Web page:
My current woodworking project is a Mission-style bookshelf that I designed to match the sofa table that I built last year. The bookshelf will sit below a window to the kitchen, so it is low and extra wide to fit that space. To support the weight of the books without sagging, sets of stiles transfers weight from the middle shelf to the frame above and below.
I am building the bookshelf out of cherry. Like the sofa table, all joinery is mortise and tenon. This time I am squaring out the mortises with a new set of mortising chisels rather than rounding off the tenons with a knife as I did on the sofa table — which is making the process go much faster.
If you like the design and wish to build one for yourself, you can download my SketchUp model as a starting point.
Over the course of the past year I built this cherry sofa table based on a design by Scott Gibson in Fine Woodworking’s "Furniture" book.
All frame joinery is mortise and tenon, while the drawers use doweled rabbit joints. The finish is boiled linseed oil topped with 3 coats of Minwax wiping varnish.
Building this table was quite a learning experience as just about every part required techniques that I hadn’t used before. Mortise and tenon joinery, biscuits to align the table top during glue-up, doweled joints fort the drawers, quartersawn veneers for the legs, breadboard-ends, and varnish; all of these were new to me and required a bit of trial and error to get right.
This project certainly had its share of "oops" moments, but nothing that couldn’t be repaired or worked-around. I cut the bottom shelf stretcher one inch too short, but was able to cut it in half and splice in a section with a small mortise and tenon in the middle. Later, I made the hipped-tenons on which the breadboard-ends of the top sit too thin. This was repaired with the addition of some 5-minute epoxy to thicken the tenon.
All that remains now is to choose and install drawer-pull hardware.
This weekend I build an outfeed table for the table saw and a stand for the new planer. The outfeed table was inspired by a design in Jim Tolpin’s Table Saw Magic. It folds down to make room or for moving the saw.
For my Sarah’s birthday I built her a hanging jewelry case. This was my first fine-woodworking project built out of solid wood and it was quite a learning experience. The case is made of Red Birch with dots of Wenge (black), Satinwood (yellow), Chakte Coc (red), Sucaperē (brown), and Purple Heart (purple). It is finished with three coats of Watco Danish Oil after sanding to 600-grit. The outer dimensions are 23 inches tall, 19 inches wide, and 4 inches deep.
I had originally hoped to construct the case over 2 months of weekends, but this time-line turned out to be a little optimistic and though I didn’t count the hours, it didn’t get completed until 4 months after I started. Work on the project went much faster after I got my own table saw at the end of February and could pop downstairs whenever I had a free moment. Until that point I did most of the work in my friend John Filan‘s shop in Weybridge (VT). John is a wood-artisan, master cabinet-maker, and was an amazing resource throughout this project: from showing me the ropes at Lathrop’s lumber mill, to machine setup, to notes on grain direction. Without his expert help (and workshop, and tools) this project would not have been nearly as successful. While I have so much more to learn, at least I now know where to begin and how to safely and successfully use all of the major machine-tools.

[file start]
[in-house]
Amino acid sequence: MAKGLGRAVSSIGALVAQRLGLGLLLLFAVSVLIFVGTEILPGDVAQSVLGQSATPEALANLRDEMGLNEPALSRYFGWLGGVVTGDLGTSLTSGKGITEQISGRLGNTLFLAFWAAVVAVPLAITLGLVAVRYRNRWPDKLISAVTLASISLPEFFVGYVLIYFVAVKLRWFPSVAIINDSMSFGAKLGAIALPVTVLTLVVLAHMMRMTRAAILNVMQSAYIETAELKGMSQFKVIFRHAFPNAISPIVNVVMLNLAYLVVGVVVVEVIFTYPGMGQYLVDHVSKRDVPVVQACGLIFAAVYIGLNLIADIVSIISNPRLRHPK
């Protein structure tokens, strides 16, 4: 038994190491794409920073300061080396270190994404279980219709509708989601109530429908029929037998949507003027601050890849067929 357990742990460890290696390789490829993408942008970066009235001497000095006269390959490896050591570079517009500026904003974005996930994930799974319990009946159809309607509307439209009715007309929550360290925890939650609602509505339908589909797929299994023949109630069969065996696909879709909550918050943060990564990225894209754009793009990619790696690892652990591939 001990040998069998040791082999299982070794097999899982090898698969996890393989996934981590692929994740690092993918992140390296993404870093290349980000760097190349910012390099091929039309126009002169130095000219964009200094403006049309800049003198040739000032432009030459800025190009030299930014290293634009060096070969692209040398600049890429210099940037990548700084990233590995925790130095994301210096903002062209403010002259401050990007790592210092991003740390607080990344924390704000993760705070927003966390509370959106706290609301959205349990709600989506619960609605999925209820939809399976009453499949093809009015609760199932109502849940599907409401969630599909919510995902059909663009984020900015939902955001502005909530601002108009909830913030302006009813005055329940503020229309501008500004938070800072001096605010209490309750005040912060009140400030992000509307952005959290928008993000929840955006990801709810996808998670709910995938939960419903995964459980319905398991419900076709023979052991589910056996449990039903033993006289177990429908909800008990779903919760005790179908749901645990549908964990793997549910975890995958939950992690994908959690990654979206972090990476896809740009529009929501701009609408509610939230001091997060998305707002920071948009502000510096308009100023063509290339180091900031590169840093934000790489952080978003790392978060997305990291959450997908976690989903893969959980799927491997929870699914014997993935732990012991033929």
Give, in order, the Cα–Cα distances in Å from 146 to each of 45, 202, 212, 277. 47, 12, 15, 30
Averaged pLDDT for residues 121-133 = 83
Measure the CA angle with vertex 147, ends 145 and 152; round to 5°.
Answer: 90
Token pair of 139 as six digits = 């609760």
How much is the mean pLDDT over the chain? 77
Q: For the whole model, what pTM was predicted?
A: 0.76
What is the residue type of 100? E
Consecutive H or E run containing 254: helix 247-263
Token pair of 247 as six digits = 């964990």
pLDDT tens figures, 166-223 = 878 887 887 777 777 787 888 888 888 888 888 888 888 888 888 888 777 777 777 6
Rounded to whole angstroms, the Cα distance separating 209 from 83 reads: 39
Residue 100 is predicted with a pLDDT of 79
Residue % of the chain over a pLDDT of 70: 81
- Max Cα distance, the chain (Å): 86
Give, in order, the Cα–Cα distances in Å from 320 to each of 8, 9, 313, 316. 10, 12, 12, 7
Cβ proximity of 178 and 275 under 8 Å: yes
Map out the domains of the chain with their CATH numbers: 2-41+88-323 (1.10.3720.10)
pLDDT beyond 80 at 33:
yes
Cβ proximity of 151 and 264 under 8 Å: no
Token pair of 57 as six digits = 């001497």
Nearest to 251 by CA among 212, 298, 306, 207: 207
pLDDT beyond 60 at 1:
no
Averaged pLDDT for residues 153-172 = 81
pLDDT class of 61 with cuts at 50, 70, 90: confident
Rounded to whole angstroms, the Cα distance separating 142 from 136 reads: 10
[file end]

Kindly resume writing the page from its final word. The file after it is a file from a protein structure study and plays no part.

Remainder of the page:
I read (after the fact of course) that it is usually best to start with simple projects before cabinetry to avoid dealing with the close tolerances of all of the joinery and inset pieces. I’d have to agree. Though I consider this project to be a success I did spend many periods just staring at all of my pieces, dry-fitting them, and trying to convince myself that if I trim off 1/64 of an inch off one side that they would all fit together properly.
As I mentioned, the case started as about 20 board-feet of rough lumber stacked on the upper rack of Lathrop’s mill. Once in John’s shop it was flattened on the jointer, planed to thickness and made square, straight and ready for use. I had sketched out most of the design prior to starting, but many things changed over the course of construction. For instance, I hadn’t planned for wood movement so the back panel had to become floating and interior header and footer pieces added to replace the strength I was planning on getting from the panel. Similarly, my initial plans to hang trays on the insides of the doors fell away as I contemplated the additional complexity of cramming them into an already-tight location.
The ring-pillow I made from a piece of foam cut into a wedge-shape with rows then sliced into its surface. I wrapped it in dark red velvet and put stitches in the base of the slices, the ends, and elsewhere to keep it all tightly together.